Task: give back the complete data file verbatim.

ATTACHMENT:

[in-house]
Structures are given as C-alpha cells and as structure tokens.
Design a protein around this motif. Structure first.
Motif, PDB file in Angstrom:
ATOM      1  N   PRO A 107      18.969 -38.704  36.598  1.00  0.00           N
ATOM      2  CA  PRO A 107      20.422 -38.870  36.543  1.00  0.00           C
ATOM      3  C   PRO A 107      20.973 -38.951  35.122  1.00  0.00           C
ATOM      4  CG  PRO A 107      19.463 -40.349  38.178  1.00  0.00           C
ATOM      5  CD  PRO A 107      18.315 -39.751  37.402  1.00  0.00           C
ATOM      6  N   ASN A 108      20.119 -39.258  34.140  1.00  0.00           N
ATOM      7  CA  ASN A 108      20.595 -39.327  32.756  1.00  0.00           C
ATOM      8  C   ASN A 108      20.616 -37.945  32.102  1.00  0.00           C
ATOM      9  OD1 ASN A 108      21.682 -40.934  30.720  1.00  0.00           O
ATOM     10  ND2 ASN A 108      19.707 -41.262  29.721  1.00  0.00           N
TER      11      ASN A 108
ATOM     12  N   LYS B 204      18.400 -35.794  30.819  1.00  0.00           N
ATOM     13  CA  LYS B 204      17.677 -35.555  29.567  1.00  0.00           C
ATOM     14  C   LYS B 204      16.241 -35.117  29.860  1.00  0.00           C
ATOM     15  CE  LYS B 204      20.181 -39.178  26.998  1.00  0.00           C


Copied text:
[in-house]
Structures are given as C-alpha cells and as structure tokens.
Design a protein around this motif. Structure first.
Motif, PDB file in Angstrom:
ATOM      1  N   PRO A 107      18.969 -38.704  36.598  1.00  0.00           N
ATOM      2  CA  PRO A 107      20.422 -38.870  36.543  1.00  0.00           C
ATOM      3  C   PRO A 107      20.973 -38.951  35.122  1.00  0.00           C
ATOM      4  CG  PRO A 107      19.463 -40.349  38.178  1.00  0.00           C
ATOM      5  CD  PRO A 107      18.315 -39.751  37.402  1.00  0.00           C
ATOM      6  N   ASN A 108      20.119 -39.258  34.140  1.00  0.00           N
ATOM      7  CA  ASN A 108      20.595 -39.327  32.756  1.00  0.00           C
ATOM      8  C   ASN A 108      20.616 -37.945  32.102  1.00  0.00           C
ATOM      9  OD1 ASN A 108      21.682 -40.934  30.720  1.00  0.00           O
ATOM     10  ND2 ASN A 108      19.707 -41.262  29.721  1.00  0.00           N
TER      11      ASN A 108
ATOM     12  N   LYS B 204      18.400 -35.794  30.819  1.00  0.00           N
ATOM     13  CA  LYS B 204      17.677 -35.555  29.567  1.00  0.00           C
ATOM     14  C   LYS B 204      16.241 -35.117  29.860  1.00  0.00           C
ATOM     15  CE  LYS B 204      20.181 -39.178  26.998  1.00  0.00           C